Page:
Culture queens a tale of two Kates
Kennedy and Eilertsen take the slow out of Sonoma. (From the Winter 2010 issue of SONOMA)
If you live here, or at least visit a lot, there is a perplexing paradox to Sonoma.For many people whose birthdays place them on the short side of 30, the proper name for the town is "Slonoma." For them, that name says all you need to know. And to some degree they're right.
It's true, for instance, that with a few loud and notable exceptions, Sonoma's sidewalks are rolled up and carried away by 11 p.m. Study the demographics and you'll know why night life is defined as San Francisco.
But that's a simplistic standard and it begs the counter question of how many cities of 10,000 or less have a fraction of Sonoma's cultural energy, vitality and talent.
How many cities this size have a world-class music festival and film festival, endless art festivals, wine festivals, historic re-enactments, parks, monuments and parades, not to mention one of the finest racetracks in the world with all manner of nationally sanctioned motorized competition.
Slonoma? Where's that?
And if you insist on measuring the culture of a city just on the basis of theater and art, Sonoma will say, "Bring it on!"
Nothing is more embarrassing than bad theater and bad art, and nothing is more impressive then the discovery that the opposite exists in a town like Sonoma.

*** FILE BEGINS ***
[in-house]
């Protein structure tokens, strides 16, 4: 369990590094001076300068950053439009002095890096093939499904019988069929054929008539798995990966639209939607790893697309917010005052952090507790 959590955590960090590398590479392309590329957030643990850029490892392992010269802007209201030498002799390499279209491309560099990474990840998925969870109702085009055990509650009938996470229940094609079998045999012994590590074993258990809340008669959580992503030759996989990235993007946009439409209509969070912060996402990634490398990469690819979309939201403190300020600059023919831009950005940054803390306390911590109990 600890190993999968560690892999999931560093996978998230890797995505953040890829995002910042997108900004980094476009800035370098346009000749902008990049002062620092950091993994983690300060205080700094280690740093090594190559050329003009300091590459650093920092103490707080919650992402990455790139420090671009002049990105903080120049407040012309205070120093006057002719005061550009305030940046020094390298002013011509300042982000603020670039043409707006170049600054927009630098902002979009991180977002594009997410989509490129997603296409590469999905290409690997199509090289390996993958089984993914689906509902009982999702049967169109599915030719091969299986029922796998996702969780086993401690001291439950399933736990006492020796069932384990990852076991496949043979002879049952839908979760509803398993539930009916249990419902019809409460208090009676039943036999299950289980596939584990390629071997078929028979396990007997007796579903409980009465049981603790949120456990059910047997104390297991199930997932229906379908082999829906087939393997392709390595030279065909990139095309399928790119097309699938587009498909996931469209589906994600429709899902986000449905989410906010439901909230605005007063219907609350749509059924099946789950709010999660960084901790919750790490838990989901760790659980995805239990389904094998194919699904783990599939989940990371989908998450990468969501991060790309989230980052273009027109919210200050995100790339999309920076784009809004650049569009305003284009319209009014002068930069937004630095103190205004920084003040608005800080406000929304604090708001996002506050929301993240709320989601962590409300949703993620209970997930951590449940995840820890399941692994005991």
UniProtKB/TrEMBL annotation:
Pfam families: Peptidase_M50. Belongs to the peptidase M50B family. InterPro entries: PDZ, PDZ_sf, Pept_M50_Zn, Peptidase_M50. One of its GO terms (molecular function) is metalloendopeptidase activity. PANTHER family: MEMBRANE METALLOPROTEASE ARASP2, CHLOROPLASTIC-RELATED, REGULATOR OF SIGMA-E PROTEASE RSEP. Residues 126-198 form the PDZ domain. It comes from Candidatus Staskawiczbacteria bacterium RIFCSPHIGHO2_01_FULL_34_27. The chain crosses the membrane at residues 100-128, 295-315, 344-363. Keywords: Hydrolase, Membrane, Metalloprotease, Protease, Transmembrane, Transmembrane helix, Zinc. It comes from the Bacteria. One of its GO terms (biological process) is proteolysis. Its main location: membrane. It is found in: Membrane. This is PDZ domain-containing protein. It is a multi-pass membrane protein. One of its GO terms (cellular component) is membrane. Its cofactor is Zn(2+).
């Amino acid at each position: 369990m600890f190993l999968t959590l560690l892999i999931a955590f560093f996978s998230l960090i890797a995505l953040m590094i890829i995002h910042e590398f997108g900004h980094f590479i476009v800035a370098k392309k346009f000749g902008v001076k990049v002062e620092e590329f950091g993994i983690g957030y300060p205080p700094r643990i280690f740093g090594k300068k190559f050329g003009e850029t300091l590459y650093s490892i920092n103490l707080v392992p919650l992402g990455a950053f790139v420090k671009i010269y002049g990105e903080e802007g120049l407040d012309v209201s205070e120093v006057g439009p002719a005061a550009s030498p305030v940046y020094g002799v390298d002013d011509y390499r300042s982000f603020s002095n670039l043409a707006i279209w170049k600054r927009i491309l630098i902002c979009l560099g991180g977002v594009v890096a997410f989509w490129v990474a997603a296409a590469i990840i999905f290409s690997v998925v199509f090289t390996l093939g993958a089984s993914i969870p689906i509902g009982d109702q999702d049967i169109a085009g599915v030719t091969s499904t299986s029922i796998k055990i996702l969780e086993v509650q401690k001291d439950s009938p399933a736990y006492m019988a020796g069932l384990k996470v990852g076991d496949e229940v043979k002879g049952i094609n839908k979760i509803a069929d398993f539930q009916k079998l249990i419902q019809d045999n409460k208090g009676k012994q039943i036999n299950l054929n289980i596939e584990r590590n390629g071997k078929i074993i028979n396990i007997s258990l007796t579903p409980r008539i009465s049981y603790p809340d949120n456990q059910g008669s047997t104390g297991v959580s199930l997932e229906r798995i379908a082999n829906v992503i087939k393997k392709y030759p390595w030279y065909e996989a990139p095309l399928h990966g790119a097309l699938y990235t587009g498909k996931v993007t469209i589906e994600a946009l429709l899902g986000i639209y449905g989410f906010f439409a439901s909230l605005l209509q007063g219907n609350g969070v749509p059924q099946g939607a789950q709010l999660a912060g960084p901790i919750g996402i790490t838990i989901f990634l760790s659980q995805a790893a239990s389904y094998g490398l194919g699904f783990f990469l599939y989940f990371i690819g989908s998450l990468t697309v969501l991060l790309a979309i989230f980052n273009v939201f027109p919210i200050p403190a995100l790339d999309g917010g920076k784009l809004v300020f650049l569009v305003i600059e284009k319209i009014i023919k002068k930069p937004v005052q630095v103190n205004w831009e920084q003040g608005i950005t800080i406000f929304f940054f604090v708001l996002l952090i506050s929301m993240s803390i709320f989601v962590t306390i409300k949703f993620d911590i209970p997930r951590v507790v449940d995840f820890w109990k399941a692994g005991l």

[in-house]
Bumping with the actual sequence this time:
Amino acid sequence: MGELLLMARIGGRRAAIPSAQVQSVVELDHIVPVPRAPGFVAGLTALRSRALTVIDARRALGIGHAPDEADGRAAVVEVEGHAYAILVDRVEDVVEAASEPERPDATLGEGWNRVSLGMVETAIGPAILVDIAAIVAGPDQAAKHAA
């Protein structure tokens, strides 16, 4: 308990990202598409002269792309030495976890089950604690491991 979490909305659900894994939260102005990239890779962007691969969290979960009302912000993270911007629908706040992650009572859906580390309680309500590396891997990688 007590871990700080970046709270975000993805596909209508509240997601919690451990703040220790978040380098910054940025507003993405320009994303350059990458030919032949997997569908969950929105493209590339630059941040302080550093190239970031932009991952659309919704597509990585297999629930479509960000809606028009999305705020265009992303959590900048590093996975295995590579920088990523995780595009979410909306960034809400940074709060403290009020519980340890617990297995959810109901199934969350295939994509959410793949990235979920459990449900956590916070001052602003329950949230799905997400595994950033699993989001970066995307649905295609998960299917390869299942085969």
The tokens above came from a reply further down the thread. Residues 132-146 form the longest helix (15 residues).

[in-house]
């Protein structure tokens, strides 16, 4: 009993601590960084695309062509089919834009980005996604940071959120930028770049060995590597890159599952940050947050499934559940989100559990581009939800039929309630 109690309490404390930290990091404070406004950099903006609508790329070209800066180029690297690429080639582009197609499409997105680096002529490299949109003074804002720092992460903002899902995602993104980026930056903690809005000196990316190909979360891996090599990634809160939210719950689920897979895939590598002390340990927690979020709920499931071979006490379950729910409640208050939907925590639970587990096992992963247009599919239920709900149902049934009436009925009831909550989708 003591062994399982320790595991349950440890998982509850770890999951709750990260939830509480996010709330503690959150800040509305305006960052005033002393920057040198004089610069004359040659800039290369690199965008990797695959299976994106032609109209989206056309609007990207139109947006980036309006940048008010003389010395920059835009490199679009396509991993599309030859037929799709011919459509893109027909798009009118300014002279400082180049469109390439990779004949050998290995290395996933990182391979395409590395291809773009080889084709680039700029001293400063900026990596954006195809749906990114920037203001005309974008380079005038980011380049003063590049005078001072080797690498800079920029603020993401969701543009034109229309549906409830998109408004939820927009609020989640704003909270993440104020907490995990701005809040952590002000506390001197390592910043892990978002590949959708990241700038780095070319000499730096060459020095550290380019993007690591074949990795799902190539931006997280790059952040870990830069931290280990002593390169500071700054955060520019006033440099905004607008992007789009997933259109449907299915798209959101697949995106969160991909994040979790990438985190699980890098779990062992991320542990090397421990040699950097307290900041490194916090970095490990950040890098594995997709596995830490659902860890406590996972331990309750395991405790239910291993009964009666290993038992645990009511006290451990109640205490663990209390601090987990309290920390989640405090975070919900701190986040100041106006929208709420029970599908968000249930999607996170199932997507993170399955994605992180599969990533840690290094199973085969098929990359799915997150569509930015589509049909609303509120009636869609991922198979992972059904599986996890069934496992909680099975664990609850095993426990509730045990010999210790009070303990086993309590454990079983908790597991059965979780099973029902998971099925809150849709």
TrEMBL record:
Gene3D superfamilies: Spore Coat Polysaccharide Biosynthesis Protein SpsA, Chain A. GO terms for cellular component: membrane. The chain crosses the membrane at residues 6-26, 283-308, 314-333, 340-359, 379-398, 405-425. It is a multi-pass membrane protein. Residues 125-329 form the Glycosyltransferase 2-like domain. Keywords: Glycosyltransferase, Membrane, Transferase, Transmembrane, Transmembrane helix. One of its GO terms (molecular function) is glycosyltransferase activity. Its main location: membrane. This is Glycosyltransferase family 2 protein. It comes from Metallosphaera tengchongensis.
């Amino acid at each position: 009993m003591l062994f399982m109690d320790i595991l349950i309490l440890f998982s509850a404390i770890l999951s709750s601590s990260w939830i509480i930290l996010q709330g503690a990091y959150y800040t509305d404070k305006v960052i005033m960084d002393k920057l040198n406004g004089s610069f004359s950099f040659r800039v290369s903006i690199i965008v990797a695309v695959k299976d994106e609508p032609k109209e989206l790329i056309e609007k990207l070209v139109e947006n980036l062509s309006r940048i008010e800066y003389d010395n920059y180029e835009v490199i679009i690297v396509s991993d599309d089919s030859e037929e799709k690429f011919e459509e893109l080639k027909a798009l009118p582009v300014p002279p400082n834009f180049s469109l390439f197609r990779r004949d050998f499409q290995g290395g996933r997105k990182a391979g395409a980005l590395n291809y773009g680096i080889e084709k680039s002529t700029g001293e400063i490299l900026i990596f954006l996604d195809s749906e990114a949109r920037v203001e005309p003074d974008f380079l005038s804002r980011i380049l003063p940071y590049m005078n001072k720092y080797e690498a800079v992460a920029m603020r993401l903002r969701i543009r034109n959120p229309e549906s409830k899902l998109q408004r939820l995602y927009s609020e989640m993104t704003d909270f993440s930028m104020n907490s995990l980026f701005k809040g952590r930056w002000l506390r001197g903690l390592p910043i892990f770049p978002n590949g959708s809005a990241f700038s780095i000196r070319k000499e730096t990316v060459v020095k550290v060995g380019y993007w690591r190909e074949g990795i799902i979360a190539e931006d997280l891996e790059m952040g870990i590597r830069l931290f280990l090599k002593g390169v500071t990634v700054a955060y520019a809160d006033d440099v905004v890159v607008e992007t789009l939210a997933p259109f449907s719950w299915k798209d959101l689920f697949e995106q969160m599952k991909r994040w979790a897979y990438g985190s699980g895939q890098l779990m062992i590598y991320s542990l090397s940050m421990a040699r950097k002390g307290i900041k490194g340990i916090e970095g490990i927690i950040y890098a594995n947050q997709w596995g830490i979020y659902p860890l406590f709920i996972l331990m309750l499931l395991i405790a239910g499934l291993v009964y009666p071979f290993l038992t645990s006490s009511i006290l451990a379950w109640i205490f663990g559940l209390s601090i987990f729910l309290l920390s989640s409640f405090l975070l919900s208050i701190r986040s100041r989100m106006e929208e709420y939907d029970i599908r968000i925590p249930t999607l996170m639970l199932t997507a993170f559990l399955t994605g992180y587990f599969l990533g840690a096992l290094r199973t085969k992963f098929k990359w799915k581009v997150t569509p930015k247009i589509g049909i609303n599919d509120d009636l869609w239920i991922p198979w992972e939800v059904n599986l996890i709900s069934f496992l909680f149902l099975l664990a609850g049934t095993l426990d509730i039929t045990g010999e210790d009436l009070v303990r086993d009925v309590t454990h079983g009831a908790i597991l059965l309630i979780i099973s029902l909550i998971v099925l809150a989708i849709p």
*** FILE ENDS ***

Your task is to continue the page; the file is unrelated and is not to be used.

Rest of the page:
Which brings us to the Two Kates.
Kate Eilertsen grew up a Minnesota minister's daughter, a legacy that instantly invites visions of Lake Wobegon.
Kate, however, found religion not in Lutheran pews but in art. Instead of trips to church, she prayed at the altars of countless art museums, where inspiration took life in every form and medium imaginable. It spoke to her the way the Bible speaks to evangelicals.
"This is going to sound corny, but I do believe that art is a similar search for answers about why we live, what we should be doing on earth, questioning beyond the daily routine. Why do I exist?" she says. "We're looking for answers in life and sometimes art can give that to you."
These weighty questions emerge inside the Sonoma Valley Museum of Art where Kate is currently executive director. Her arrival involved a circuitous trip.
Growing up in small town Minnesota, Kate knew where her passion lay but she didn't know, at first, how to follow it. That changed quickly after she graduated (magna cum laude) from tiny (less than 2,000 students) Macalester College in St. Paul with a bachelor of arts degree and headed to New York City. There, she put down her bags and headed to the beating heart of New York culture, the Metropolitan Museum of Art.
She learned a job was available installing new exhibitions that uniquely matched her background as a sculpture artist with welding and building experience. But, fresh off the bus from a tiny liberal arts college with limited real-world experience, she doubted she'd be chosen from more than 300 applicants. But she was, and that fateful decision helped her smash a succession of glass ceilings.